“Aspire” is an early-integration public art project for the new Aurora Central Recreation Center commissioned by the City of Aurora, Colorado. It represents Aurora’s largest public art project to date. Artists David Griggs and Scott Parsons working in tandem with the architects Populous, the City’s representatives, and the general contractor AP, identified four art locations as part of the early-integration process. Three large-scale architectural art glass works were installed along the exterior of the rec center from north to south, totalling 57 art panels (920 sq. ft.). A dynamic suspended metal sculpture resides in the two-story atrium entrance.
This project is meant to inspire wellness and wholeness through physicality and emotion in the artwork—how the body and wellness become a source of power and inspiration, which is available to everyone. The imagery in glass and the shaped movements in the atrium spirals record the rhythmic beauty and kinesthetic movements of the human body in motion. All four locations of this early-integrated public artwork are visible from the exterior of the Rec Center by day or night, and serve as an accessible and warm beacon inviting the neighborhood and community of Aurora into the Rec Center. The luminous colors falling onto the running track and gym floor respond to the seasonal movements of the sun and the repetition of exercise throughout the year, creating a sanctuary for recreation. The natatorium windows playfully respond to the reflection and refraction of color on water. The intent is to engage the users of this facility for the long-term, to give pause and honor multiple viewpoints—one in which families will visit repeatedly and watch their children grow—and how by extension, one is part of a community, humanity, and wholeness: a way of life that is connected.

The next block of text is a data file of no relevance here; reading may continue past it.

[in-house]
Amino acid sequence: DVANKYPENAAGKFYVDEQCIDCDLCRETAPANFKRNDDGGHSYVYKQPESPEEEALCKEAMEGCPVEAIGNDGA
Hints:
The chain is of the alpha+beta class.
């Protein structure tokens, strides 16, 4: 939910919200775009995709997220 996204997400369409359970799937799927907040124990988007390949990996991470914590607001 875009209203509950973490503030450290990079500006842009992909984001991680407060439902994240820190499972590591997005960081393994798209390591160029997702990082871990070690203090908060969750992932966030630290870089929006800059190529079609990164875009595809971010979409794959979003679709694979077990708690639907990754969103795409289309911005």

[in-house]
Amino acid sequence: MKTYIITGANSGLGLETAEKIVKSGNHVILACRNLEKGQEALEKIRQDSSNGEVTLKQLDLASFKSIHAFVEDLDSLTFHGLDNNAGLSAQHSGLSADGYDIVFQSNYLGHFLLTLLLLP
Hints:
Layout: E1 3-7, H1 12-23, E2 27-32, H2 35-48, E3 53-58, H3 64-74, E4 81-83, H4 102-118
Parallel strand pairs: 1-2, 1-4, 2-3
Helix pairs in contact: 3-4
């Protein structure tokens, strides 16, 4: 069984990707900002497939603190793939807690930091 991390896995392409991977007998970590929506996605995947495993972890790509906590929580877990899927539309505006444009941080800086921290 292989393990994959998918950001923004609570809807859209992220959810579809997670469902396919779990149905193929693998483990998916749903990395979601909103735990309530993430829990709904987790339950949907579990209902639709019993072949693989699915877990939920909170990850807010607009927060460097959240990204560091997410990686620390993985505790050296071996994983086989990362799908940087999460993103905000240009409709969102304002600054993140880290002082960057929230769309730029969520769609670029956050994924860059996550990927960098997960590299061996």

During the design phase, a number of modifications were integrated into the architectural character of the building to best site the artwork. For example, the running track wall was extended outward to allow for a vertical gesture of colored art glass through both floors of the gymnasium. Once final approvals were given, the artist team of Griggs and Parsons worked closely with the local company Demiurge on the development and fabrication of the large atrium sculpture, made from painted tubular steel. For the translation of their three large glass works, the artists partnered with Derix Glasstudios in Taunusstein, Germany. The glass designs were scaled to 100% drawings and rendered by hand with airbrush, vitreous enamel paint, and acid-etching through multiple kiln firings. Finally, the team at Derix collaborated with Populous and A&P to ensure the art glass would meet all safety requirements and could easily be integrated into the building’s exterior shell. The insulated glass units were created in Denver, Colorado and installed on site.
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